Did you know that increasing your vocabulary can increase your IQ?
We’re going to raise your colourist IQ through the roof by getting you across some key colouring terms:
Warm colours refer to colours which have yellow, red or orange undertones that add a rich, warm glow to your colour. All colours with golden, bronzed, chocolate, copper or red in their name are warm hair colours.
Cool hair colours have a blend of blue and green undertones that create a matte, sleek colour finish. Cool colours are ash or beige Colours.
Unwanted cool or warm tones can be balanced and eliminated using a colour with opposite tones, eg. If you have unwanted yellow or brassy tones, you can counter-balance and mute those tones by colouring with a cool based colour.
Natural or Nude Hair Colours:
Natural or nude colour refers to either your original hair pigments, otherwise known as virgin hair. Nude hair refers to colours which look very natural and which have a neutral base with no added reflects or pigments.
Reflect or Undertones:
Reflect or undertones refer to the characteristics within the colour which are visible in the sunlight. They are not visible in neutral colours, but any colour with a decimal point, has added reflect.
General Hair Colour Terms:
Chemical formulated in most hair colours to open up the hair cuticle to allow the colour to penetrate into the cortex of the hair. Unfortunately, ammonia may also damage hair, and due to its smell, it is necessary to use in a well-ventilated area.
Ash or ashy refers to the tone of hair colour that is cool-based with blue, violet or natural/neutral pigments. Ashy tone does not contain any warm, red or golden hues, and will counter-balance and reduce warmth in your colour.
The dominant colour of hair, whether natural or coloured, before any colour or highlights are applied.
Refers to unwanted warm (orange and red) tones, usually in lightened or coloured hair. Underlying brassy pigments are naturally occurring and revealed during lightening and are a key consideration when lightening.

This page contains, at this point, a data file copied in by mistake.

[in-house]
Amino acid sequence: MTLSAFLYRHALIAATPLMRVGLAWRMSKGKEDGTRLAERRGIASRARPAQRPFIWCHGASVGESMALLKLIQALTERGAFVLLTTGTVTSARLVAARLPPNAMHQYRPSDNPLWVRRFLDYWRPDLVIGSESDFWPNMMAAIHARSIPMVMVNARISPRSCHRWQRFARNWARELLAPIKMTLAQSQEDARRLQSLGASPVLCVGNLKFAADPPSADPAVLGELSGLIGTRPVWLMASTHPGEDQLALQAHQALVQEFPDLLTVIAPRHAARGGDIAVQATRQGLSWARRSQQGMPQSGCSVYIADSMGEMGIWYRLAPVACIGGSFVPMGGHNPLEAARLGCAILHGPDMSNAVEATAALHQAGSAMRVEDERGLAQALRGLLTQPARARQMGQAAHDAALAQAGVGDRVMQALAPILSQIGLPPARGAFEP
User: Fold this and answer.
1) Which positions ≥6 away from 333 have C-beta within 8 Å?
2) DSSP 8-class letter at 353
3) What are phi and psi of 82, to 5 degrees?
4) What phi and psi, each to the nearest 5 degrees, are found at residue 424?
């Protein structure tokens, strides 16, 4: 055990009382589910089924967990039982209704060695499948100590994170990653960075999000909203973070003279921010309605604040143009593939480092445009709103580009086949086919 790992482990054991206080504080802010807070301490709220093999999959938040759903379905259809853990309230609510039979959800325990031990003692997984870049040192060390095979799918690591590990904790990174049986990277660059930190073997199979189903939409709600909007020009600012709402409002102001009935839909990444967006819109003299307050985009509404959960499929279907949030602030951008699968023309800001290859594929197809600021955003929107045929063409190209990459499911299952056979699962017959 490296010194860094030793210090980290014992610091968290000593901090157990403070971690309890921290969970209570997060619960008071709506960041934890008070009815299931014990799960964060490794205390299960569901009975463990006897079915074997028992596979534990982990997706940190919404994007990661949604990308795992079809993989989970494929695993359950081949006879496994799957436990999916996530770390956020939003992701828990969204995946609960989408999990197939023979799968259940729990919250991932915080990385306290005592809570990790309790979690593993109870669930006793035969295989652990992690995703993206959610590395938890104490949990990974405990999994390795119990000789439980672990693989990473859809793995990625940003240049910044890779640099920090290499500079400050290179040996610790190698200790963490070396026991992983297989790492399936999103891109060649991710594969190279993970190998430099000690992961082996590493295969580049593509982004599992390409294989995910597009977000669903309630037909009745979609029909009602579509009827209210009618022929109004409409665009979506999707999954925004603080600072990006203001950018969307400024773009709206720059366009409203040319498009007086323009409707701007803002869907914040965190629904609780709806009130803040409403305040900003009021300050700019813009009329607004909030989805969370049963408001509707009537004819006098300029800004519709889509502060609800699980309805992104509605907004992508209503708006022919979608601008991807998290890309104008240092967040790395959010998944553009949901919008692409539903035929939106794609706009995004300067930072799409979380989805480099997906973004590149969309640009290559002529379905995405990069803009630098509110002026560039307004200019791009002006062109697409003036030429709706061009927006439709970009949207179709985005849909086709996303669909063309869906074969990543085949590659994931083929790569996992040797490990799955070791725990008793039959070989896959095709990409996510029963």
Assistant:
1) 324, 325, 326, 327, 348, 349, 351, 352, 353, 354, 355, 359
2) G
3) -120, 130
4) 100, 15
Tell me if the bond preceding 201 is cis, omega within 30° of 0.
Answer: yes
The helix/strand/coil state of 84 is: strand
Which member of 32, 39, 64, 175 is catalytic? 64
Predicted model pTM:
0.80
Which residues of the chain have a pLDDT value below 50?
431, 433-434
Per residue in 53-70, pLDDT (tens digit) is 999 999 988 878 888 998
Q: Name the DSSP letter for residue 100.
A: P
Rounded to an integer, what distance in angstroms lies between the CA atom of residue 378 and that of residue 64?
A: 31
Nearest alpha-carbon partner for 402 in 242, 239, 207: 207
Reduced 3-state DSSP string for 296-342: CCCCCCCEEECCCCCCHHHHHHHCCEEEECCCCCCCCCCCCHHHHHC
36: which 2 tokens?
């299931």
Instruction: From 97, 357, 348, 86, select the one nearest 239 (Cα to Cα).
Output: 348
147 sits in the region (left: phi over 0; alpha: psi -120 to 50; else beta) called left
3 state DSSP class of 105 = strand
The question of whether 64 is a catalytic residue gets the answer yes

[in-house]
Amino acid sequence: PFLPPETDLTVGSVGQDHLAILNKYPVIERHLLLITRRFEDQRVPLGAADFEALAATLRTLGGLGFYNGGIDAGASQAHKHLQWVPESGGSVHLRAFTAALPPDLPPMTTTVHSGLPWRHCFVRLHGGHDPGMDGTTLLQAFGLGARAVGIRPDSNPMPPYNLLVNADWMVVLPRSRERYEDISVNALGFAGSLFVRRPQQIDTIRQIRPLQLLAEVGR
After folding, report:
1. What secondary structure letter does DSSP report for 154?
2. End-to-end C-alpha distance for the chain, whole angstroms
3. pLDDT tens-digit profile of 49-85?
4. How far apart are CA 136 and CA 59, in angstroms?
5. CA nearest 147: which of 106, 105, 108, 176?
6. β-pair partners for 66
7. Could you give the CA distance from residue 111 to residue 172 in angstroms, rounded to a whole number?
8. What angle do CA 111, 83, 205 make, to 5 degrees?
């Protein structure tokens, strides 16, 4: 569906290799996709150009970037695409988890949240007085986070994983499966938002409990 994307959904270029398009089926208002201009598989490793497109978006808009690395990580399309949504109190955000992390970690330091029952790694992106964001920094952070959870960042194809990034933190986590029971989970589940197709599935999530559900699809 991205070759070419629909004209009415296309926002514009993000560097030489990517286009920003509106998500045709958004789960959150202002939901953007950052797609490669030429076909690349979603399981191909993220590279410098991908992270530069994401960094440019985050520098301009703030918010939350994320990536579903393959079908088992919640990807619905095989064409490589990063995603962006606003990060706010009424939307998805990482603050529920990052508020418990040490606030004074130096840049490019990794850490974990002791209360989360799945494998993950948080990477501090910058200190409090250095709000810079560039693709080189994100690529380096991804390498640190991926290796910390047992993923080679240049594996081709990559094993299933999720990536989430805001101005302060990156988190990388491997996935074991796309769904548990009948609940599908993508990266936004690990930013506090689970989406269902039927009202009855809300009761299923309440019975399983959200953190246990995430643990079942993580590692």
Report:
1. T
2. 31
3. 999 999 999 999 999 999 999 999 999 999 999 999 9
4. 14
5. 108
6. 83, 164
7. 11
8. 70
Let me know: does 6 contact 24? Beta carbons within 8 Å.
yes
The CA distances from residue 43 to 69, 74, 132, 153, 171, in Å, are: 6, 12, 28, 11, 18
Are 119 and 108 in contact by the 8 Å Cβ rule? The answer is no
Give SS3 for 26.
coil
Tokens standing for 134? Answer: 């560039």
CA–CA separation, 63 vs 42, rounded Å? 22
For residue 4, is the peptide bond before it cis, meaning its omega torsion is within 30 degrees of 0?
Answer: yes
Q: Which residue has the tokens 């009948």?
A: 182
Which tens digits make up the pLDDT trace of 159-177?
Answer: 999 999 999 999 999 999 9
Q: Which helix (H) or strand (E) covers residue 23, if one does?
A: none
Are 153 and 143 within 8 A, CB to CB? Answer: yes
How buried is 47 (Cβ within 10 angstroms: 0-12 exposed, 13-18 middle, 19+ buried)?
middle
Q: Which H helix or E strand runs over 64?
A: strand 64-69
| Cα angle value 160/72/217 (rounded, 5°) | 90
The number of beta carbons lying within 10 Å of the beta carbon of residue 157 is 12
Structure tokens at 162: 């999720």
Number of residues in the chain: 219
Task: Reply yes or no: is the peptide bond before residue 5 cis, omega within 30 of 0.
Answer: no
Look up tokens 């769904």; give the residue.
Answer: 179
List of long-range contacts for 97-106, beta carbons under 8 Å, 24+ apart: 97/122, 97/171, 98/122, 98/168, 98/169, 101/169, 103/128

Refers to the amount of grey that can be covered by hair colour.
Also known as activator, this is an oxidizing agent added to hair colour to “activate” the chemical process that deposits the hair colour into the hair shaft.
Refers to hair colour molecules entering the hair cuticle to create a change in colour or tone.
Lightening sections of hair to add the illusion of depth and dimension.
Level or the Level System:
A universal system used by colourists and hair colour manufacturers to standardize hair colour charts. Level refers to how light or dark a hair colour is—the lower the number, the darker the colour.
Depositing a darker colour into separate strands of hair, which creates the illusion of depth.
The amount of lightening possible in different hair colouring techniques and formulas.
Test usually given in the crux of the elbow or behind the ear to test for sensitivity or allergies.
Permanent Hair Color:
Hair colour mixed with a developer/activator that contains an oxidizing agent that changes the hair structure to deposit colour permanently within the hair.
Melanin protein bonds found in the cortex (the middle layer of the hair) which give hair its colour.
Also known as colour-resistant hair, this refers to grey hair that resists colour absorption.
Re-growth or Roots:
The new outgrowth of hair from the scalp, noticeable when colouring hair or if colouring gray hair.
Hair color that does not require a developer/activator and only partially penetrates the cuticle washes out after each shampoo.
Single-process Hair Colour:
Refers to colouring that colours and or lightens hair in one step.
Form of hair colour application, for example balayage, foil, or single-process.
Non-permanent colour that doesn’t penetrate the cuticle but sits in the outer layers of the hair strand, and as a result it can be washed out.
Refers to the secondary tone or “finish” of a hair colour, indicated by the amount of warmth (orange/red) or coolness (blue/ash) of the hair.
Product applied to coloured or lightened hair to neutralize unwanted tones, or refresh and enhance existing colour.
The application of hair colour to re-growth, also called a root touch up.
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I was really hesitant to try as I usually go to a professional salon to dye my hair but I was desperate for a healthier and cheaper solution as I felt like I’m spending too much time and money at the salon just to get all those chemicals in hair! I was pleasantly surprised with the results!! The colour fits me perfectly and was super easy to apply, saved me tons of time and so much money and my hair looks and feels better than ever!! Highly recommend!L. Linden